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General Assembly reviewing Common Core

The North Carolina House approved a proposal Wednesday that would repeal and replace Common Core curriculum. The Senate Education Committee also passed a similar proposal.
Common Core is the controversial curriculum used since the 2012-13 school year in more than 40 states across the nation.
“The Common Core standards were designed to create a very rigorous set of standards,” said Julie Morrow, Rowan-Salisbury assistant superintendent of curriculum.
Common Core’s goal, she said, is to help students become globally competitive. “North Carolina needs globally competitive workers.”
Anytime new standards area introduced, a level of discomfort will arise, Morrow said.
“That’s present any time you have an opportunity for change,” she said.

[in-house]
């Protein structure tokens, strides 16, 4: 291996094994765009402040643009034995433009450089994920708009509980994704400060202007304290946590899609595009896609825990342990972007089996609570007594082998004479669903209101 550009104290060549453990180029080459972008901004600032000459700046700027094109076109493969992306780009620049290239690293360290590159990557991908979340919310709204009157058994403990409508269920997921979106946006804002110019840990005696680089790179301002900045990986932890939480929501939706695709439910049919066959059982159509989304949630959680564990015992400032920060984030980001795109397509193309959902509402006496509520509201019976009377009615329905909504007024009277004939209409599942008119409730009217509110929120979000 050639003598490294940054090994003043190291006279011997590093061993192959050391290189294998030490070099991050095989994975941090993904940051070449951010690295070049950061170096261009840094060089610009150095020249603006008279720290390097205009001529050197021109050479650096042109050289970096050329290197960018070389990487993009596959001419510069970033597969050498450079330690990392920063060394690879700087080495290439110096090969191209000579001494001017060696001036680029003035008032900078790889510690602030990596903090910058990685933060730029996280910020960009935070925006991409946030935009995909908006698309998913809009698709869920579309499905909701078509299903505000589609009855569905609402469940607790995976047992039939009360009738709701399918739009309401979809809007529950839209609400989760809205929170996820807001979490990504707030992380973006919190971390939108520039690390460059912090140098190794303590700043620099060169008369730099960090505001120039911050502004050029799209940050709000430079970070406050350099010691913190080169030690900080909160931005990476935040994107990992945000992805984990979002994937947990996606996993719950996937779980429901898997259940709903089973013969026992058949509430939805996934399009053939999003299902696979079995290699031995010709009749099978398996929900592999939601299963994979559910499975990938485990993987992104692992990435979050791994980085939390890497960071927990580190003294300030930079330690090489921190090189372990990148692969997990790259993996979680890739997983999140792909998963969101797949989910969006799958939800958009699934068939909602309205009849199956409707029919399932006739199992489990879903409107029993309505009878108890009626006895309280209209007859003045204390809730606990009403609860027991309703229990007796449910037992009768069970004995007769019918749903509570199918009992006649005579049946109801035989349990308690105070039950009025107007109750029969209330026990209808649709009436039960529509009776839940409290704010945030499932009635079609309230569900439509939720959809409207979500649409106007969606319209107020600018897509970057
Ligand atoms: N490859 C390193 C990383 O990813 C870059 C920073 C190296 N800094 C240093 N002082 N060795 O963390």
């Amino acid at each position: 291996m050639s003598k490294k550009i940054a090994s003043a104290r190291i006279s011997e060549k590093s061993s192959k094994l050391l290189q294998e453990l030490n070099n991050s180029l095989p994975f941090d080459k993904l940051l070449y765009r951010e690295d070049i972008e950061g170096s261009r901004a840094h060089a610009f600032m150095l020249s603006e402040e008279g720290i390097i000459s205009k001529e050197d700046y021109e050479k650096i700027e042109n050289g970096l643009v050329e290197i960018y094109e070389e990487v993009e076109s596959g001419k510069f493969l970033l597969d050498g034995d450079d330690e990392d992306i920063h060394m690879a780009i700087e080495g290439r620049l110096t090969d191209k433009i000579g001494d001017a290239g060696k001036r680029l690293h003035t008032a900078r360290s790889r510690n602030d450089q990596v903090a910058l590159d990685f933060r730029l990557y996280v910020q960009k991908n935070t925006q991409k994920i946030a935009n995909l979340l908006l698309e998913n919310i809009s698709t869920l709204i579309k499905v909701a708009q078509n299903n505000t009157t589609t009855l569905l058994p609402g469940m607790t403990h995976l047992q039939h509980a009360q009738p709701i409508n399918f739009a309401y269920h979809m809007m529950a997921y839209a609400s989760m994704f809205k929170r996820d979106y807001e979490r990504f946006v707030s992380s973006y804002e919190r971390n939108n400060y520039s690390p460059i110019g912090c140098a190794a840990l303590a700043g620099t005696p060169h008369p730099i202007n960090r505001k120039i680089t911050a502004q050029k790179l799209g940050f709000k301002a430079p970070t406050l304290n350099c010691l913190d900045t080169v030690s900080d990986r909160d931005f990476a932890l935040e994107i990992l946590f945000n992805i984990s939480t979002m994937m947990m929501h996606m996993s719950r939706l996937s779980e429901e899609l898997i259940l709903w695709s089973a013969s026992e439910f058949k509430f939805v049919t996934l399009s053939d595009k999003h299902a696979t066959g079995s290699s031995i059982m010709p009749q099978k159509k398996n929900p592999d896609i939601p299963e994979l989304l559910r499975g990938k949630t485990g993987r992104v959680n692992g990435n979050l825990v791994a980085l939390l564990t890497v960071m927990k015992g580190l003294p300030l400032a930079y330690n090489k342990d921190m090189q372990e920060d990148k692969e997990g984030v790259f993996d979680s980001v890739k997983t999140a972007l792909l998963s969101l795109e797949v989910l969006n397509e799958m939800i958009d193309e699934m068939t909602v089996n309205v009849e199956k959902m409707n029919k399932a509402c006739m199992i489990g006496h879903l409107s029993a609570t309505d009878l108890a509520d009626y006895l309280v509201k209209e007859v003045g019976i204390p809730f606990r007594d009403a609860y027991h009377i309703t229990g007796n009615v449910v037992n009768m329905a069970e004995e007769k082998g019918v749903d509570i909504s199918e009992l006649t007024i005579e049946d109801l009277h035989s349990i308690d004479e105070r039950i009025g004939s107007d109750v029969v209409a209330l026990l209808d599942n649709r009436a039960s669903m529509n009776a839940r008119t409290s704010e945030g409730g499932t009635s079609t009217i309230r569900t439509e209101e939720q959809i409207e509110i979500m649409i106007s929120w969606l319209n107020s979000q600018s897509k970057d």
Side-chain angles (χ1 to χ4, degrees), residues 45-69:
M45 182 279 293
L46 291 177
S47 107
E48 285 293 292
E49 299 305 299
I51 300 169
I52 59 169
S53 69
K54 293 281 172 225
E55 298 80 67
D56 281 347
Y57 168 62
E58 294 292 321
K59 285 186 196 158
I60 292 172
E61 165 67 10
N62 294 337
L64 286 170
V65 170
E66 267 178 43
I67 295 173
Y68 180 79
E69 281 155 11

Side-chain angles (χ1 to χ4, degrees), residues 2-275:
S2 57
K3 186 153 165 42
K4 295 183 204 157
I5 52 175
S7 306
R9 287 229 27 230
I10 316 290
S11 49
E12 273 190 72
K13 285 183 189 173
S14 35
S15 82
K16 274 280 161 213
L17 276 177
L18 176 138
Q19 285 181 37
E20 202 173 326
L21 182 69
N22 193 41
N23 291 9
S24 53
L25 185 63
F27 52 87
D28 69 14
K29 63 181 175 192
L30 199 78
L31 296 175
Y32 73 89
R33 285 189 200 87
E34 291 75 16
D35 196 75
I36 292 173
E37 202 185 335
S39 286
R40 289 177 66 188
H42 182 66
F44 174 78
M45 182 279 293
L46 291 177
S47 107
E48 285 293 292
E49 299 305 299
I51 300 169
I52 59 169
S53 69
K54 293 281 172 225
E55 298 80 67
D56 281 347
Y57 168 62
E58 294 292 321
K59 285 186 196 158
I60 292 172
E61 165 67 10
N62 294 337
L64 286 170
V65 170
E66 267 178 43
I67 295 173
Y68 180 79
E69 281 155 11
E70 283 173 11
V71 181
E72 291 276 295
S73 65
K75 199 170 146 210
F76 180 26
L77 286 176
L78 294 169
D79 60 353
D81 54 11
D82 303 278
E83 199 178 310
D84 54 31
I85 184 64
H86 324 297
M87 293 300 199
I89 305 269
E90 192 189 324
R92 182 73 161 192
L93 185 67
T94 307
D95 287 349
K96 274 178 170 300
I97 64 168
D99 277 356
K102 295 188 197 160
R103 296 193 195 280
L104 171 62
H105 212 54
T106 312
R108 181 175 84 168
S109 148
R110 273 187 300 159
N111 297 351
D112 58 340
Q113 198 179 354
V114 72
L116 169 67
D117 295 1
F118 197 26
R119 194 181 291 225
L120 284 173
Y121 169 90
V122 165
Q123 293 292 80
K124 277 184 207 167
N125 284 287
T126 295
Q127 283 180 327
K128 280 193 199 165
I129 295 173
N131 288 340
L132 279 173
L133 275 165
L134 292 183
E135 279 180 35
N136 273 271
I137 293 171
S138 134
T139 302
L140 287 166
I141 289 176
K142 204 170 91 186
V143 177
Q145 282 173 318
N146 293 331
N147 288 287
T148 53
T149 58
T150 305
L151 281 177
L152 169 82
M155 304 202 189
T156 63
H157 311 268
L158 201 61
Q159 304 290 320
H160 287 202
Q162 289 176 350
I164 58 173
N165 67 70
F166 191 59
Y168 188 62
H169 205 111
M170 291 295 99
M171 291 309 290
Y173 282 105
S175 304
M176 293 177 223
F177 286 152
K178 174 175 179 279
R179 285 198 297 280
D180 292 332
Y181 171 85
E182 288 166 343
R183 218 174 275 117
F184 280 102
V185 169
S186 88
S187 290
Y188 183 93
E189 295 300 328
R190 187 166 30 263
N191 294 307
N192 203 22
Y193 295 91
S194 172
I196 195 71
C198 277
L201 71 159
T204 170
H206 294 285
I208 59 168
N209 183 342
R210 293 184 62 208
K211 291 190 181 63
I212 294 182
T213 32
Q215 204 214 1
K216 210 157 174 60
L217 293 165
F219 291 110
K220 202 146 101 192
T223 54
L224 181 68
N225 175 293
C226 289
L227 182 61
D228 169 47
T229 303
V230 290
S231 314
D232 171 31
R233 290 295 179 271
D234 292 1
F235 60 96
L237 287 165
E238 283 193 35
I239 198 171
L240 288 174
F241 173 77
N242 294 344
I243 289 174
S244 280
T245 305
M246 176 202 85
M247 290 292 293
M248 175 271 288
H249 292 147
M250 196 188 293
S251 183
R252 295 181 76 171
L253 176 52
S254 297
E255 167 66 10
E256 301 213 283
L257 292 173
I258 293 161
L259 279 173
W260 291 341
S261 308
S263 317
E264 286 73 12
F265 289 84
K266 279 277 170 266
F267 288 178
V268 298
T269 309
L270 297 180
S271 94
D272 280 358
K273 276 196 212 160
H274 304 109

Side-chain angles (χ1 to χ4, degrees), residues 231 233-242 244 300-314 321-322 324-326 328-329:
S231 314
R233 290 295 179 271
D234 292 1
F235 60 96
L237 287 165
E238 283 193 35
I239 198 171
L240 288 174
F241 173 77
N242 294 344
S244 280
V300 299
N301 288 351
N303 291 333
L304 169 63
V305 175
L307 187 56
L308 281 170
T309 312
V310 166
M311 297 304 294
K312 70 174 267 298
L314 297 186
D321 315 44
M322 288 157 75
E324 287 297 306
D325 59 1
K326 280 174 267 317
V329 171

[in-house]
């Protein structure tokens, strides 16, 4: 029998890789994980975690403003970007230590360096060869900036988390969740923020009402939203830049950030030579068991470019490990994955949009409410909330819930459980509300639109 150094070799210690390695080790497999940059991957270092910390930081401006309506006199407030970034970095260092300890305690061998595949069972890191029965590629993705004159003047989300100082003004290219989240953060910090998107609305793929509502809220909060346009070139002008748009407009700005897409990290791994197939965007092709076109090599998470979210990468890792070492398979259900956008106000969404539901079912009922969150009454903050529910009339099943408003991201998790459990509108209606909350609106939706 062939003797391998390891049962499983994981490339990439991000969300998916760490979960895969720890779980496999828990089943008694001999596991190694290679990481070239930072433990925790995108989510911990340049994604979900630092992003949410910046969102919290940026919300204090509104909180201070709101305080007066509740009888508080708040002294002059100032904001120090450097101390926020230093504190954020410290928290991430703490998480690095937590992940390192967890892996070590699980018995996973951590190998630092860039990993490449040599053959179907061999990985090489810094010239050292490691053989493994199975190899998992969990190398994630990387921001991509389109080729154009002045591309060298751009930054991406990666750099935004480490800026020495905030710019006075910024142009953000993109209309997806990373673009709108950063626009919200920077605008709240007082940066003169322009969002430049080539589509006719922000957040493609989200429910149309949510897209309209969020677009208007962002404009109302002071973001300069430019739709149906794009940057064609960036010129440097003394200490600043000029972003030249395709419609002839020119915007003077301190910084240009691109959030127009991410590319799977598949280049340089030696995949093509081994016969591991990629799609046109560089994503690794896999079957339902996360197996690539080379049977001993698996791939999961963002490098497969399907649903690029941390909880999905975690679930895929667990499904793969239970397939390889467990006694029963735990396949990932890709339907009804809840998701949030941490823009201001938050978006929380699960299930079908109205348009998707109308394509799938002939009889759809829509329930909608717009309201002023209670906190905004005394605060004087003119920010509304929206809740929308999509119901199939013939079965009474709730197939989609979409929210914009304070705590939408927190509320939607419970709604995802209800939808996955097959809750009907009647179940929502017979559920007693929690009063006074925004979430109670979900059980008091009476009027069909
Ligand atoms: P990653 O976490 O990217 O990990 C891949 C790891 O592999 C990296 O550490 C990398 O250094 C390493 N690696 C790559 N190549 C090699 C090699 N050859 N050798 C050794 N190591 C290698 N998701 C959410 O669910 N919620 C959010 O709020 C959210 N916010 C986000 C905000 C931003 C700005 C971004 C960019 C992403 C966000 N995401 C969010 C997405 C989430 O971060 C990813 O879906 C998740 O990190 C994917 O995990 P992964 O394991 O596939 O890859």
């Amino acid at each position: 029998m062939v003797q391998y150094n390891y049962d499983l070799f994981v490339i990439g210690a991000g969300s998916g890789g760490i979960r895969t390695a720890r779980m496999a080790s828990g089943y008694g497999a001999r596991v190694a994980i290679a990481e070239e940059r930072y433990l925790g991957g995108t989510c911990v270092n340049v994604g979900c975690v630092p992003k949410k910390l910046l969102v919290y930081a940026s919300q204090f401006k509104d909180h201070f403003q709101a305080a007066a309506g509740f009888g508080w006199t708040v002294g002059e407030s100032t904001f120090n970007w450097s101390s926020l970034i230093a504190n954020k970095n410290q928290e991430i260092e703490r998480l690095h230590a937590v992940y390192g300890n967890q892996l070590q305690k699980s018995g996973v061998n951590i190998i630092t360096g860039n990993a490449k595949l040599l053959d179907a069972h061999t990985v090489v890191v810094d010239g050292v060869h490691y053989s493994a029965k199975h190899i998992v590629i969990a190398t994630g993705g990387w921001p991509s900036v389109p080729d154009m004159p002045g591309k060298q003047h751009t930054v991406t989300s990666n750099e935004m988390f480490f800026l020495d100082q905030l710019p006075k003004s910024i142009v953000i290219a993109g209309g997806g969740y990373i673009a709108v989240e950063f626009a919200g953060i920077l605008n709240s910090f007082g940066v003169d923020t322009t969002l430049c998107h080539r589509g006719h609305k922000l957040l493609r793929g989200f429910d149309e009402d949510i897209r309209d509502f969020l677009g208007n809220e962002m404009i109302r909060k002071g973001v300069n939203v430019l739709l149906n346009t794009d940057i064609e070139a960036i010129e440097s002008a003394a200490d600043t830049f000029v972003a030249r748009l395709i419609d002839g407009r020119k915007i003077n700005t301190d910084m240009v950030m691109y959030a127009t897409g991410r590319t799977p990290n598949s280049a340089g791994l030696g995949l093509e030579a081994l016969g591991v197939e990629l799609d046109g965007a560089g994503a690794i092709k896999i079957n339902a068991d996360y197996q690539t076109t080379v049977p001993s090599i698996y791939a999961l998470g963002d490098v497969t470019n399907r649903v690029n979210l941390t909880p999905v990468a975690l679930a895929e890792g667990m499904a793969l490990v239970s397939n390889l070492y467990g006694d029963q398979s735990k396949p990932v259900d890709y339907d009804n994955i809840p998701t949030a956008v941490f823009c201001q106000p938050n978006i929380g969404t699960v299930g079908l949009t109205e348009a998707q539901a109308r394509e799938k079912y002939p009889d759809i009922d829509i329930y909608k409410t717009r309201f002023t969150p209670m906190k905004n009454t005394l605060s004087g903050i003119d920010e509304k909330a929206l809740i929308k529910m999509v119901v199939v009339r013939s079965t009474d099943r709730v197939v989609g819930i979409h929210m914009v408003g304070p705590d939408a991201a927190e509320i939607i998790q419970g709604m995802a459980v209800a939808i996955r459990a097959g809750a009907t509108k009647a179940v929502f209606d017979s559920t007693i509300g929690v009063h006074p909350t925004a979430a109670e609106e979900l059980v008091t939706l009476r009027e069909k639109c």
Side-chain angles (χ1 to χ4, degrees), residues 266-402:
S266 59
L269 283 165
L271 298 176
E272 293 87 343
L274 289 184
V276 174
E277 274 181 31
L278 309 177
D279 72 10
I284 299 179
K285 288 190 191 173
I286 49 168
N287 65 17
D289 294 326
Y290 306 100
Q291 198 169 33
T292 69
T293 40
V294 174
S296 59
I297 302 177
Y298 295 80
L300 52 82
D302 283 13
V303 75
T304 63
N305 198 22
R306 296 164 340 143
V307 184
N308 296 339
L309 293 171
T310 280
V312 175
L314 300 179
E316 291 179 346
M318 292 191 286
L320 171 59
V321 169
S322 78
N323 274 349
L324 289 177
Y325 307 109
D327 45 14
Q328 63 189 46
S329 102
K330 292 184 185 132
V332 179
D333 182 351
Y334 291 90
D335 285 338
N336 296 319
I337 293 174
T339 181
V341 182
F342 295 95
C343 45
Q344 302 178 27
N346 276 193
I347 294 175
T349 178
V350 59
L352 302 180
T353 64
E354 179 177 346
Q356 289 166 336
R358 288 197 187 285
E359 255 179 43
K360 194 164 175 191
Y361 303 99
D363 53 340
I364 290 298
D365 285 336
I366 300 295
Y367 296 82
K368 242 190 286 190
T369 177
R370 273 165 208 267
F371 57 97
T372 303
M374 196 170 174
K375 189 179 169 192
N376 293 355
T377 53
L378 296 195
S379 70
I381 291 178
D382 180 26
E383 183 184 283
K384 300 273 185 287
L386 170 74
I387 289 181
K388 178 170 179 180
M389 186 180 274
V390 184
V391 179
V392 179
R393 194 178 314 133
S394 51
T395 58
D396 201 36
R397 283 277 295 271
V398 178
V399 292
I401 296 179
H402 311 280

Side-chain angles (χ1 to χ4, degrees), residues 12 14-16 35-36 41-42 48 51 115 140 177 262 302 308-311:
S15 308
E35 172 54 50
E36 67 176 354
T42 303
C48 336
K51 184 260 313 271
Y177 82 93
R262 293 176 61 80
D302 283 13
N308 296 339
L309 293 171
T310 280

“I think they need to allow us the opportunity to fulfill the common core standards completely,” Morrow said.
The district has been working on developing a curriculum that meets the rigor of Common Core.
“I have confidence in our educators in our district that they would be successful,” she said.
If Common Core were repealed in North Carolina, Morrow said, it wouldn’t affect the level of rigor in Rowan-Salisbury classrooms.
If the legislation were to pass both the full house and the full senate, it would change the standards that are set by the state, but Morrow said, “The learning environment we want to create would not change.”
The district would have to redefine some of its curriculum to align with the new standards, a task that would be a lot of work.
Morrow said it would be “a shame” to force students, teachers and parents to readjust to yet another curriculum.
“Learning new standards is huge,” she said.
“We’re going to hold to our strategic plan,” she added.

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